“The Truth About Carmax,” also a 2009 oldie, ranked 2nd, at last followed by a car review in place 3: “Comparison review: 2013 Honda Accord Sport vs. 2013 Ford Fusion SE.” (This was when we still could pay Michael Karesh $1,000 a month for professional car reviews. I soon had to fire him to save money.) This all-time high review pulled some 15,000 clicks over a few months, not enough at all to pay Michael’s bills.
How much are these clicks worth? I know how much they are worth to the publisher: A freelancer used to get $25 a post, now, increasingly, nothing. The free trip, paid by the automaker, is used in lieu of payment. A publisher can buy 1,000 clicks for less than $1 these days, and rumor has it that some of these bought clicks are used to prop-up increasingly flagging numbers. What do you think does happen when it’s cheaper to buy clicks than to pay a writer? Now you know why Karesh was let go, followed a year later by the last of TTAC’s pro reviewers, Alex Dykes, a never-complaining, always on time sweetheart of a writer, who was grossly underpaid for what he delivered, and who couldn’t hurt any car, except for a black 2010 Mercedes C63 AMG.
Writers can, but probably won’t, find solace in the fact that they are not alone. The New York Times has the story, in an article about “the culture of free”, of Zoe Keating, a cellist from Northern California: ” Over a six-month period, Ms. Keating’s songs had been played on Pandora more than 1.5 million times; that earned her all of $1,652.74.” There is that number again, a dollar for a thousand clicks. Would we be selling ads here, this story would get me a buck. Begging pays a better, and far more assured, hourly wage.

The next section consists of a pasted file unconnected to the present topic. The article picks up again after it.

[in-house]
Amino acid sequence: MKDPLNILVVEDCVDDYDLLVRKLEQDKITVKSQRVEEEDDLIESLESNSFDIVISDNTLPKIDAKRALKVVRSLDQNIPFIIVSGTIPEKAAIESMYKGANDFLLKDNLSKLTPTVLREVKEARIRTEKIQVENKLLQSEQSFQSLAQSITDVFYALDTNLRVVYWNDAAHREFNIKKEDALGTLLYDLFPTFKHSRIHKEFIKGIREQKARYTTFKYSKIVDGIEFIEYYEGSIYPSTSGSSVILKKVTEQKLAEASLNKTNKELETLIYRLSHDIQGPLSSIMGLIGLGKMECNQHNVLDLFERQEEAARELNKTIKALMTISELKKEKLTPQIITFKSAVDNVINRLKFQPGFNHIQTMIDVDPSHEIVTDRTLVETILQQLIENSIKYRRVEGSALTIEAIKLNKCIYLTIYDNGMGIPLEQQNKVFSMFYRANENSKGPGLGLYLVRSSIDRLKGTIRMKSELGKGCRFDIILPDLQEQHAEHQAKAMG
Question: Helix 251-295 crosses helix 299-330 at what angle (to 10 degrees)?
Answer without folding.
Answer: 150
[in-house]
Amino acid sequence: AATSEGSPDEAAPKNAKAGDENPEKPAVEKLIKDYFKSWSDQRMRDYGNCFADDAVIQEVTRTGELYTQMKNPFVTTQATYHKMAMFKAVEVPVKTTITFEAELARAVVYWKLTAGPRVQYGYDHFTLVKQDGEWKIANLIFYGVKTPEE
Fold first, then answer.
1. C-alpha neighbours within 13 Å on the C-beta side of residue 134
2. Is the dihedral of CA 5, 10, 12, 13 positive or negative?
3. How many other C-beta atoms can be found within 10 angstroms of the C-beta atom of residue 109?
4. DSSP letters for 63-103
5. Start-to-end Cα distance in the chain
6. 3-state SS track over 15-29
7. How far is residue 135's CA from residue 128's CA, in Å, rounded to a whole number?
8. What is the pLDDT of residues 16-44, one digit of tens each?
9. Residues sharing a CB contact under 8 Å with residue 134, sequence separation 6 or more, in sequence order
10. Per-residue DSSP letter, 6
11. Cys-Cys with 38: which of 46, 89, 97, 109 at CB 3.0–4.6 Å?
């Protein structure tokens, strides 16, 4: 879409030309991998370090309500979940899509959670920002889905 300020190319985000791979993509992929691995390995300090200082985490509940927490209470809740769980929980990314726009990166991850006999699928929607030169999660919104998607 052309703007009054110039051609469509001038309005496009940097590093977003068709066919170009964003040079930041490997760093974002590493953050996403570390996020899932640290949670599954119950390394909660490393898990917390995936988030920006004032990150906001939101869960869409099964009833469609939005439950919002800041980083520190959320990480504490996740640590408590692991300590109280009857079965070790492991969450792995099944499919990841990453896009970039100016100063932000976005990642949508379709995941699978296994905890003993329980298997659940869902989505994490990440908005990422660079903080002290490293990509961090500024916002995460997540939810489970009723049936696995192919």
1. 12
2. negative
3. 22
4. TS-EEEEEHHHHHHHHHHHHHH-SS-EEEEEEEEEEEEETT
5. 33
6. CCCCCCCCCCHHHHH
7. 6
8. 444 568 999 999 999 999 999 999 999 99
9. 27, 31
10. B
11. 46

Follow the money: Instead of pros, the OEMs increasingly get what the publishers don’t pay for, rank amateurs in the unpaid sense of the word. What can cost the OEM more than $10,000, is valued by the publisher at anywhere between zero and $25. Granted, numbers can differ. A prudent OEM could get away with $5,000 a head (no swag), and a very generous publisher could pay $500 an article (please call me when you find one.) Even then, a huge discrepancy remains.
“We know that,” the PR chief of a large automaker tells me, “but as long as I get [insert a few big names in auto writing] to the event, those [derogatory deleted] bloggers can tag along.” Touché. The bloggerati better pray that the derided paper-based dinosaurs don’t get extinct too early, or the free source of their frequent flyer miles will suddenly dry up.
At other automakers, lavish press trips already are under review, and they become target practice during budget reviews. Sales always needs more money for their dealer reveals. Accountants, who count increasingly rare press clippings instead of beans, hear, as last defense of the junkets, that this is the price that needs to be paid for good behavior. The swagstorm doesn’t help here. It also isn’t helpful when excited writers find their trips to and fro the event more tweet-worthy than the car they are supposed to write about, when they bitch about the middle seat, or when they brag on-line that they can take their whole family on vacation using the frequent flyer miles amassed during the press trips.